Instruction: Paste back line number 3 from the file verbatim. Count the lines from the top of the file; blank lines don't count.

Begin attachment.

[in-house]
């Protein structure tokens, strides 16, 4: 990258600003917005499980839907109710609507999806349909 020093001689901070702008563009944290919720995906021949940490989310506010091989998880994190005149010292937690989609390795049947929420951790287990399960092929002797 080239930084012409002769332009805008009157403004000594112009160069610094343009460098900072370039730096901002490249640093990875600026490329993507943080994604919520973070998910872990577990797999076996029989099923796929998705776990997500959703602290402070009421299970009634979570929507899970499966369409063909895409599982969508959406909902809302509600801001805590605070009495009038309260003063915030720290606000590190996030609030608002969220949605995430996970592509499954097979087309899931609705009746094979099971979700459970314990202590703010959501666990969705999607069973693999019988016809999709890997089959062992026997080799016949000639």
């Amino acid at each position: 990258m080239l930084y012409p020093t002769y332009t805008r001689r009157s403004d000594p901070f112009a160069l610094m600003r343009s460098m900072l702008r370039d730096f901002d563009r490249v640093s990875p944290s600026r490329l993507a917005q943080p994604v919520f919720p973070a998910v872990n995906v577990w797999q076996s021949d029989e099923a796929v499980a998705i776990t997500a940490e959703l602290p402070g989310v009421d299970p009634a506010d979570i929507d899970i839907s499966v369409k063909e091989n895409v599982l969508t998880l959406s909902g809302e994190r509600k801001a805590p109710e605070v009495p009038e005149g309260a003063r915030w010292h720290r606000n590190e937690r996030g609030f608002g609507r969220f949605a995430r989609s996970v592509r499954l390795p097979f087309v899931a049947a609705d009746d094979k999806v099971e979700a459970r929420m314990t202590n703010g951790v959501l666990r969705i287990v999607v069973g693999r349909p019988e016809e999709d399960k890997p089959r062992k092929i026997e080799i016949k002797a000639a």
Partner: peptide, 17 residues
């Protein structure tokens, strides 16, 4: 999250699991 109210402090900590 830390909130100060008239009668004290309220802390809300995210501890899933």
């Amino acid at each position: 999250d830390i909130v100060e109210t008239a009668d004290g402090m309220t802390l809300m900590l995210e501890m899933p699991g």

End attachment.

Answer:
């Amino acid at each position: 990258m080239l930084y012409p020093t002769y332009t805008r001689r009157s403004d000594p901070f112009a160069l610094m600003r343009s460098m900072l702008r370039d730096f901002d563009r490249v640093s990875p944290s600026r490329l993507a917005q943080p994604v919520f919720p973070a998910v872990n995906v577990w797999q076996s021949d029989e099923a796929v499980a998705i776990t997500a940490e959703l602290p402070g989310v009421d299970p009634a506010d979570i929507d899970i839907s499966v369409k063909e091989n895409v599982l969508t998880l959406s909902g809302e994190r509600k801001a805590p109710e605070v009495p009038e005149g309260a003063r915030w010292h720290r606000n590190e937690r996030g609030f608002g609507r969220f949605a995430r989609s996970v592509r499954l390795p097979f087309v899931a049947a609705d009746d094979k999806v099971e979700a459970r929420m314990t202590n703010g951790v959501l666990r969705i287990v999607v069973g693999r349909p019988e016809e999709d399960k890997p089959r062992k092929i026997e080799i016949k002797a000639a």